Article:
When you type the word Herat into Microsoft Word it automatically changes to HEART. The largest city in western Afghanistan, with a decidedly horrendous pre and post-Taliban women’s rights record, less than one hour from the Iranian border turns into the word HEART. Just as Google China has trouble with the word democracy, Microsoft is trying to vanish the entire city of Herat.
Carrie and I are going to Herat to facilitate one day of a two day workshop. This means we will be away for a minimum of four days. When we asked about our return flight we were told it would be Friday (in’shallah)…but maybe Saturday…hopefully not Sunday. Apparently you cannot book your flight to Kabul, from Kabul. Carrie believes that this is because the tickets aren’t computerized. She thinks there is a man sitting someplace with a stack of ticket stubs counting down the number of seats until the flight is sold out. Sadly, this is the single most rational explanation I have been given about any number of things that happen in this country.
Our journey formally began the day before we actually left. Rubina, a very sweet, very young woman who works in admin at AWN was tasked with getting us our plane tickets. After an uncomfortable episode (lasting a touch too long) involving her sounding out and repeating our names we convinced her to let us write them down. A few hours later she returned from the Kam Air office and handed me a ticket made out to Redeka. No last name, just Redeka.
Though no one else was bothered, I admit I became slightly anxious about the thought of attempting to board an aircraft with a handwritten, smudged ticket made out to a name bearing no likeness to that on any of my official documents. I asked Rubina to give Kam Air a quick call to ask if it is a problem that I am planning on getting on one of their planes and flying across the country without any form of valid identification. She did. They didn’t.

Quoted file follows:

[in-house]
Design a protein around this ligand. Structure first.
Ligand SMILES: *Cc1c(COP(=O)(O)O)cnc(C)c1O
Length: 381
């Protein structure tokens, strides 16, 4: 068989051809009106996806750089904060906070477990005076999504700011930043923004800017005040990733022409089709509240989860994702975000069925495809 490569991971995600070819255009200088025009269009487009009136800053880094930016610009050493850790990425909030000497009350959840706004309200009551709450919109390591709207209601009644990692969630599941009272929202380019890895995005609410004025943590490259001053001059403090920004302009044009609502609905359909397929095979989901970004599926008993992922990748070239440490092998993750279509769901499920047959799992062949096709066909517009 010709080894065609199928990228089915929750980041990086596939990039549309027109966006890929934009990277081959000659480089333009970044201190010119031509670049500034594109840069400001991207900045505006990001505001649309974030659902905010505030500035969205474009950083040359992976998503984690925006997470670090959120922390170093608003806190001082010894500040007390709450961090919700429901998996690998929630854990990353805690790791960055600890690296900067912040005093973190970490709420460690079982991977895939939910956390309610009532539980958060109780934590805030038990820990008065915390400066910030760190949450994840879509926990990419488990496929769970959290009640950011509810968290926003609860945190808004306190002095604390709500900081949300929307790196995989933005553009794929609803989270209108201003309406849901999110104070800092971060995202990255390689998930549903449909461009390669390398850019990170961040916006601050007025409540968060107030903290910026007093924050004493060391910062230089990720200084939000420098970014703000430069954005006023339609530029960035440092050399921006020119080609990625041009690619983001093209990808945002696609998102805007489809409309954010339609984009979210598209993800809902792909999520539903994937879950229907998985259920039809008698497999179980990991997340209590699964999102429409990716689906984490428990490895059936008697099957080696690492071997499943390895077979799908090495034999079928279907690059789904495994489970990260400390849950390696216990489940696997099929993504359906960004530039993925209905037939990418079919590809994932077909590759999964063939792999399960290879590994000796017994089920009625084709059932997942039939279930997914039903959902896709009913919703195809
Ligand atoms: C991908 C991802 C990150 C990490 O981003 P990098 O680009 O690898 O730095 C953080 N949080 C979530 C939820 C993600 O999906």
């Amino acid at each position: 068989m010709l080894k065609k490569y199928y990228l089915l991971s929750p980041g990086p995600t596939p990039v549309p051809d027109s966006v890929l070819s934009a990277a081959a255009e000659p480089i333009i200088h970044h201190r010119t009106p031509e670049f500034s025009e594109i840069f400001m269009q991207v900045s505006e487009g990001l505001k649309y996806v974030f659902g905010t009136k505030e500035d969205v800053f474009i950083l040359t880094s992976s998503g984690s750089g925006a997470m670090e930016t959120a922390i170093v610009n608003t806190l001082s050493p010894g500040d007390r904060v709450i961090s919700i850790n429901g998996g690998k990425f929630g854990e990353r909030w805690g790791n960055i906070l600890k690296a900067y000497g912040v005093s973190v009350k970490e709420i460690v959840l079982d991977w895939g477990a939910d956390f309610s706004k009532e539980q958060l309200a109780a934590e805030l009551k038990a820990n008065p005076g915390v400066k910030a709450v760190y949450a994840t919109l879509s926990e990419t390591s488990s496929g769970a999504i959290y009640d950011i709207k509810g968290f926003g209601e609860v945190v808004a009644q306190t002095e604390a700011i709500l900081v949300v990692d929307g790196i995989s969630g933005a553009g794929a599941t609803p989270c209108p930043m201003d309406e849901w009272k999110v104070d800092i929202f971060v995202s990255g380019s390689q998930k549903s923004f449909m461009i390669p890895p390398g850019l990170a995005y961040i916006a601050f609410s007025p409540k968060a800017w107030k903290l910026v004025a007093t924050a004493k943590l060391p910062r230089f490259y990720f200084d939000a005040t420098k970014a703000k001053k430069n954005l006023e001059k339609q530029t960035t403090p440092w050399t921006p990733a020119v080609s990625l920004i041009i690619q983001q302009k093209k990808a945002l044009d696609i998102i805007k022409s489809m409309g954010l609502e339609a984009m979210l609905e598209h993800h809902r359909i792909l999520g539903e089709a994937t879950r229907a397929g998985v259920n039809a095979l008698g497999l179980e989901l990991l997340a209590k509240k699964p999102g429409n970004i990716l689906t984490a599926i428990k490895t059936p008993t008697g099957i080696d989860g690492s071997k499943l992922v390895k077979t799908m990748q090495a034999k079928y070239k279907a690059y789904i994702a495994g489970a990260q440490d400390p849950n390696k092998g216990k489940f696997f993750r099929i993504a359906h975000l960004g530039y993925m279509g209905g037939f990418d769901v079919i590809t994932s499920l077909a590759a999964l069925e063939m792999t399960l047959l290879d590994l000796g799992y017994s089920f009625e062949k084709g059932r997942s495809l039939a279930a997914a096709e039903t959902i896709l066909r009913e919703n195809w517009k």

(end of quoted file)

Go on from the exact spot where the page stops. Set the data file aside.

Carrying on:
For some reason – which still escapes me – Carrie’s ticket was given to our boss Afifa (who would give it to her on the way to the airport). 6AM Tuesday morning, en route to Kabul International, Afifa hands Carrie her ticket. It seems that one Mr. Kare is joining Mrs. Redeka for the trip to HEART. At least I got to be the girl.
But is this really funny?
From the moment I entered the airport to the moment I boarded the plane I was herded with, pushed by and pointed at with a combination of weapons. The officer at the entrance of the airport wanted to speak with me so he knocked on my window with a loaded AK47 to get my attention. Another wanted me to move into a different security line. He grunted at me and guided me to the appropriate area with the the barrel of a Krinkov. Heavily armed ISAF troops line the hallways of the once operational airport creating small openings so that only a few people can move at a time.
As the troops let me into the one waiting for all of the flights – UN and commercial, domestic and international – I couldn’t help but wonder how much it costs the international community to keep up this show of force. Because it is just that – a show, theatre. These troops are more likely to kill a civilian, or twenty, over routine airport tension then deal with the ‘terrorists’ they were sent here to root out. These troops are more likely to get killed by a person whose luggage has not been scanned and ticket bears no capacity to identify then deal with the ‘terrorists’ they were sent here to root out.
What are we doing? How can we even begin to approach peace and discuss democracy when civil society is policed rather than protected?
Posted By Erica Isaac (Afghanistan)
Posted Jun 13th, 2006